My own researches into this across the years including conversations with people who were there at the time lead me to conclude that by no means all all who supported Vichy were anti semitic fascists. Many were taking what they believed to be the best honest option. As the Archbishop of York stated during the war ( in relation to the area bombing campaign by the Royal Airforce) sometimes in life there is no clear choice between absolute right and absolute wrong..

    Of course all of the usual racists, mountebanks,criminals and chancers featured prominently in the apparatus of Vichy but we must not, I think condemn all who supported it for what appeared to be good and honest reasons at the time..Especially, I would contend, the catholic clergy, of course, with exceptions.

    It is just so easy and personally satisfying for modern day authors, commentators and documentary makers to trawl through the dictionary and thesaurus to find strong adjectives to condemn everyone who supported Vichy. Hindsight without empathy and understanding of that period in history produced in the quiet and safe comfort of study or office perhaps with a glass of something pleasant to hand.

    • I would agree that intégrisme is more about anti-liberalism and anti-modernism and less about formal collaboration with the enemy. Hitler didn’t invent anti-semitism. The Spanish were roasting relapsi (forcibly baptised and then persecuted for practising their original religion) of both Jewish and Islamic origin during the heyday of the Spanish Inquisition and the Auto da fe.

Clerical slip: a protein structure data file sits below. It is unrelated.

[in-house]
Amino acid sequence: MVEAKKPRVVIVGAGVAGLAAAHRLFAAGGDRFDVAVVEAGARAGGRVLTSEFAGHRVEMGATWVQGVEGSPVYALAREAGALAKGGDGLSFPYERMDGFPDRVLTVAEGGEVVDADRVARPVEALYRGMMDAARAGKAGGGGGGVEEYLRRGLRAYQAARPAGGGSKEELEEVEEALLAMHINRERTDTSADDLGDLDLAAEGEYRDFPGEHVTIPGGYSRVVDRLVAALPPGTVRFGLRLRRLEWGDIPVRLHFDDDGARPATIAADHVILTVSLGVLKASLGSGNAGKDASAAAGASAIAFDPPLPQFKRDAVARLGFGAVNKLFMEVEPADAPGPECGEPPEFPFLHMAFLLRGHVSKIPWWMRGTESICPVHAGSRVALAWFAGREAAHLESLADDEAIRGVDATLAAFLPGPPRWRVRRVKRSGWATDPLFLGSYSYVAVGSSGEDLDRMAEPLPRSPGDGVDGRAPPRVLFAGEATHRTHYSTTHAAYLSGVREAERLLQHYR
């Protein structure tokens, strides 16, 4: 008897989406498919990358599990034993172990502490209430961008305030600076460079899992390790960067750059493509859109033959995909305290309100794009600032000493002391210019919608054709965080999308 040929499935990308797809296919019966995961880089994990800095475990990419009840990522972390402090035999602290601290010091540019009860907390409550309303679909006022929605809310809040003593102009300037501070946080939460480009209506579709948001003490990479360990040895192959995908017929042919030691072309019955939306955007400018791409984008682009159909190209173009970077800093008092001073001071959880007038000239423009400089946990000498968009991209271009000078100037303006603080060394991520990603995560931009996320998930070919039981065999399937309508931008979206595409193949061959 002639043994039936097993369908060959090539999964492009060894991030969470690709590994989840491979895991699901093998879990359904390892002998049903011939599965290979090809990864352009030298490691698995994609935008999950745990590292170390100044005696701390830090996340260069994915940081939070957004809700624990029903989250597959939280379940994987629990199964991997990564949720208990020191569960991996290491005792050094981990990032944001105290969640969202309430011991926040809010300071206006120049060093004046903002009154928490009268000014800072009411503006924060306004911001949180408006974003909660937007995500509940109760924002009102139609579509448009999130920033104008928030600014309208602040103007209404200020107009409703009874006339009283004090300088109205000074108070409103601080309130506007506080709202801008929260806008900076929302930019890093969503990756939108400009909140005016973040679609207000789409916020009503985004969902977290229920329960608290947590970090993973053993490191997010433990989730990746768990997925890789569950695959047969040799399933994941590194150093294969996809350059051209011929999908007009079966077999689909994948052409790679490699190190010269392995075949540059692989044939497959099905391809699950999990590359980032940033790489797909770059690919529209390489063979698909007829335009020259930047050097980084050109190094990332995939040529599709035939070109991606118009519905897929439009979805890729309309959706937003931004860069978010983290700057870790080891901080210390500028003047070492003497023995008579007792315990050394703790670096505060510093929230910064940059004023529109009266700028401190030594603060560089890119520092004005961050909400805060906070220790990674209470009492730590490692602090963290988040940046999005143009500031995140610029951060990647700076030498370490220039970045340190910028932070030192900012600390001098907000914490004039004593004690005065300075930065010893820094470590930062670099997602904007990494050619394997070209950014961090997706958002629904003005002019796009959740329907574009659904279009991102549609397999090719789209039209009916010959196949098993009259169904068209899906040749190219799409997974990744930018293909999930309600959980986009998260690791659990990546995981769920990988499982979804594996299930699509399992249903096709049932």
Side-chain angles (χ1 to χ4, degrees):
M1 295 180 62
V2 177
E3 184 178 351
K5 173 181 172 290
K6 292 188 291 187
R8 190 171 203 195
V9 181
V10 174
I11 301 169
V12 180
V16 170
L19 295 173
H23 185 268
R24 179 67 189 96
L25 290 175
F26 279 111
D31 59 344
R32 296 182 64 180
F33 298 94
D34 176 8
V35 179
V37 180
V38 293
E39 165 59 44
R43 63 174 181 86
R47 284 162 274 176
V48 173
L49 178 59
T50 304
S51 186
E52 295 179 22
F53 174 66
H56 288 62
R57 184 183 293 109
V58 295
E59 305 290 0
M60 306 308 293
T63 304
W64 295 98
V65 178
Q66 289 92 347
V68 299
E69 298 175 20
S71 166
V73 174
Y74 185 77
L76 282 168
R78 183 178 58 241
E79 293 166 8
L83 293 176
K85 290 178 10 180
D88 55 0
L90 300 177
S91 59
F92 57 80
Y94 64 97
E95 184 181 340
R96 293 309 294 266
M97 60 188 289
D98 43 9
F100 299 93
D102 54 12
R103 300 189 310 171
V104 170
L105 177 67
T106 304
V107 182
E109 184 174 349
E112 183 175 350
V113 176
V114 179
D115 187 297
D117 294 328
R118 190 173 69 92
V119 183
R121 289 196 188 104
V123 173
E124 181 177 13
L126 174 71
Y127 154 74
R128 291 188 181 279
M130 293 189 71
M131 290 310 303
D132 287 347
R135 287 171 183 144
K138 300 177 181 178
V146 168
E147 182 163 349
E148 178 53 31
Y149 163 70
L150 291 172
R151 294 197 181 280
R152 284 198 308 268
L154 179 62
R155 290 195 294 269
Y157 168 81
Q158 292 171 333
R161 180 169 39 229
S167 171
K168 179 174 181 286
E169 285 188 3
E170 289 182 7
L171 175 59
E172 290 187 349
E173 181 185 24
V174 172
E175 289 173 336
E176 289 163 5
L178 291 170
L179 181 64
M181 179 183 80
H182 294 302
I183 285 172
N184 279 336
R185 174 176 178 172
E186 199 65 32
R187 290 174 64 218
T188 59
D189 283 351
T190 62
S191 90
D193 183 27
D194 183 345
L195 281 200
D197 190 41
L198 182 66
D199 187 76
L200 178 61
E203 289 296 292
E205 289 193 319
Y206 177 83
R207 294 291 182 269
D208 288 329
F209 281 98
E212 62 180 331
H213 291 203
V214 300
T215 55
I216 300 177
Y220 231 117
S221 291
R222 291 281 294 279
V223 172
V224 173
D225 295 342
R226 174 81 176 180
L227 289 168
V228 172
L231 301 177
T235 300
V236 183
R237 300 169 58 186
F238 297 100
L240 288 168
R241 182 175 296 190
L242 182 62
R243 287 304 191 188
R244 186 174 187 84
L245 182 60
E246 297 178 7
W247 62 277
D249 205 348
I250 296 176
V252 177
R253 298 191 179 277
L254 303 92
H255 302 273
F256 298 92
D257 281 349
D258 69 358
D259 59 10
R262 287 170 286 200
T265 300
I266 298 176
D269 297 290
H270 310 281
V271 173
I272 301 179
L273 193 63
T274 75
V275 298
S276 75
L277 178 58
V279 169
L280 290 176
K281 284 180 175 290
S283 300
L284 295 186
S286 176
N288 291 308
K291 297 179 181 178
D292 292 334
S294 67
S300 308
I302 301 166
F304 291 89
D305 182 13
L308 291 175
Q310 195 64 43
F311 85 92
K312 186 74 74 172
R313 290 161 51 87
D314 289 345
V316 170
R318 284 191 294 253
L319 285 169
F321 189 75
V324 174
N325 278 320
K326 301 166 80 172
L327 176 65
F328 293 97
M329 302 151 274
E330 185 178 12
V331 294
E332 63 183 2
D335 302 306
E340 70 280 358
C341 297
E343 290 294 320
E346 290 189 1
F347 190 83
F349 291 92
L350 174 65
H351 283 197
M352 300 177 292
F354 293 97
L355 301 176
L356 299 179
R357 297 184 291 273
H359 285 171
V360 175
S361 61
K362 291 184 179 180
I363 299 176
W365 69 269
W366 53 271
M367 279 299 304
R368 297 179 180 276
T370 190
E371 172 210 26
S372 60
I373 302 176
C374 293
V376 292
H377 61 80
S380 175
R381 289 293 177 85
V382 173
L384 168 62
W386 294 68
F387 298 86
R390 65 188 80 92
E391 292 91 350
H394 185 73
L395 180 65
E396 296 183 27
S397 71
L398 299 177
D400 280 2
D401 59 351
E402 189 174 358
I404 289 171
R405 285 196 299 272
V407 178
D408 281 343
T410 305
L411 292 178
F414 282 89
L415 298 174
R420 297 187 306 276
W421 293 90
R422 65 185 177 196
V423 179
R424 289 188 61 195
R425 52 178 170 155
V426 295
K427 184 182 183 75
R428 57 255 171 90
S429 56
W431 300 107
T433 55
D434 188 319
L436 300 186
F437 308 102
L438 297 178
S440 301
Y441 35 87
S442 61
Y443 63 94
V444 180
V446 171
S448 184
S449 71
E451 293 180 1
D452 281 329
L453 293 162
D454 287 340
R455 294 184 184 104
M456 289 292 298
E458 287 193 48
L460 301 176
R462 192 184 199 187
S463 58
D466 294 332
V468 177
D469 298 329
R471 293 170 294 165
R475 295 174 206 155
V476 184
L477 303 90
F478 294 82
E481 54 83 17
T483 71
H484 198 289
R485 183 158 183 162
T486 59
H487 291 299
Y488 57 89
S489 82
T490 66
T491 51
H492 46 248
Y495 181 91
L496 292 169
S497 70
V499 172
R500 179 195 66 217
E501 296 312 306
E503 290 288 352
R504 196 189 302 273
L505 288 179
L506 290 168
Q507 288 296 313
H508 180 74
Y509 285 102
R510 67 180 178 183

Jewish people have been persecuted throughout the history of the Church, accused of deicide. The more I think of those shenanigans, the more I think – Vive la Laïcité!

    • At the risk of incurring Fr. Anthony’s displeasure…

      Few things “incur” my “displeasure”, not that it really matters, since I prefer to believe I do this blog for the benefit of other people and not as a self-aggrandising exercise.

      What really irritates me is rudeness, aggressiveness, lack of empathy, unwillingness to “negotiate” one’s “position” (none of us are completely right). I’m fine with the discussion of different opinions and positions when there is respect and the absence of pressure to “convert” to the other side of the argument.

      It’s as simple as that.

  9. ed pacht says:

    I don’t know about you, Father, nor about others, but there is one thing that frequently does incur my displeasure, and that is my own views and the way in which I’ve expressed them. I am seldom, probably never, entirely right about anything . . . and I’ll hazard a guess that that is true of all of us. If we can remember that with any degree of consistency, our conversation will be both more pleasant and more constructive. There is no one that does not need to change and to grow into the fullness of the image of Christ.